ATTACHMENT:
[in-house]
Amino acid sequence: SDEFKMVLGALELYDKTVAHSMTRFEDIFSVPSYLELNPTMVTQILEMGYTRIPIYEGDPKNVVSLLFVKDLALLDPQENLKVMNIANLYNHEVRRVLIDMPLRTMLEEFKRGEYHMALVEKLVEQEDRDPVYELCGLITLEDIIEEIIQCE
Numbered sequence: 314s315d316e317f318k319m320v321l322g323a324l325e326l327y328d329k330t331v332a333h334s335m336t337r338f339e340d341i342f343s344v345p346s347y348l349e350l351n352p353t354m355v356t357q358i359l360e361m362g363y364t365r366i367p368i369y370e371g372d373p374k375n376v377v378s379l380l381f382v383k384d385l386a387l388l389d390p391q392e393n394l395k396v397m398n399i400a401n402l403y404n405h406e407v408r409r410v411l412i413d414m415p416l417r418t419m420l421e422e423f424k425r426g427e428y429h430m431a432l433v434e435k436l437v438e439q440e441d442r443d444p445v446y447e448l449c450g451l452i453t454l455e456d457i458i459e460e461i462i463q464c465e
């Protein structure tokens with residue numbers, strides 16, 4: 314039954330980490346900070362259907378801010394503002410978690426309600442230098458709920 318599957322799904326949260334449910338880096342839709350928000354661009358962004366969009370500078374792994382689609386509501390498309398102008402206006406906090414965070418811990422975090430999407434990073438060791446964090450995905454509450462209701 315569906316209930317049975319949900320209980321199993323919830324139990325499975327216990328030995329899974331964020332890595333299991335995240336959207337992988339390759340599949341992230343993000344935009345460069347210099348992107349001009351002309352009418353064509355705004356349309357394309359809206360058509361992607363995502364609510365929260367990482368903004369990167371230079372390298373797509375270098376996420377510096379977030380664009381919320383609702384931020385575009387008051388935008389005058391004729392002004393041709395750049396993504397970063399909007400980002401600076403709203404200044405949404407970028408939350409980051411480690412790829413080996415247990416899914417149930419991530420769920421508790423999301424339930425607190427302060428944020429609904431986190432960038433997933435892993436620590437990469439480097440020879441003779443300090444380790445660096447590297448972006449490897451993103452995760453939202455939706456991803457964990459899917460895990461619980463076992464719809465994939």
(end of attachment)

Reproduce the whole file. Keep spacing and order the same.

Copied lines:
[in-house]
Amino acid sequence: SDEFKMVLGALELYDKTVAHSMTRFEDIFSVPSYLELNPTMVTQILEMGYTRIPIYEGDPKNVVSLLFVKDLALLDPQENLKVMNIANLYNHEVRRVLIDMPLRTMLEEFKRGEYHMALVEKLVEQEDRDPVYELCGLITLEDIIEEIIQCE
Numbered sequence: 314s315d316e317f318k319m320v321l322g323a324l325e326l327y328d329k330t331v332a333h334s335m336t337r338f339e340d341i342f343s344v345p346s347y348l349e350l351n352p353t354m355v356t357q358i359l360e361m362g363y364t365r366i367p368i369y370e371g372d373p374k375n376v377v378s379l380l381f382v383k384d385l386a387l388l389d390p391q392e393n394l395k396v397m398n399i400a401n402l403y404n405h406e407v408r409r410v411l412i413d414m415p416l417r418t419m420l421e422e423f424k425r426g427e428y429h430m431a432l433v434e435k436l437v438e439q440e441d442r443d444p445v446y447e448l449c450g451l452i453t454l455e456d457i458i459e460e461i462i463q464c465e
């Protein structure tokens with residue numbers, strides 16, 4: 314039954330980490346900070362259907378801010394503002410978690426309600442230098458709920 318599957322799904326949260334449910338880096342839709350928000354661009358962004366969009370500078374792994382689609386509501390498309398102008402206006406906090414965070418811990422975090430999407434990073438060791446964090450995905454509450462209701 315569906316209930317049975319949900320209980321199993323919830324139990325499975327216990328030995329899974331964020332890595333299991335995240336959207337992988339390759340599949341992230343993000344935009345460069347210099348992107349001009351002309352009418353064509355705004356349309357394309359809206360058509361992607363995502364609510365929260367990482368903004369990167371230079372390298373797509375270098376996420377510096379977030380664009381919320383609702384931020385575009387008051388935008389005058391004729392002004393041709395750049396993504397970063399909007400980002401600076403709203404200044405949404407970028408939350409980051411480690412790829413080996415247990416899914417149930419991530420769920421508790423999301424339930425607190427302060428944020429609904431986190432960038433997933435892993436620590437990469439480097440020879441003779443300090444380790445660096447590297448972006449490897451993103452995760453939202455939706456991803457964990459899917460895990461619980463076992464719809465994939």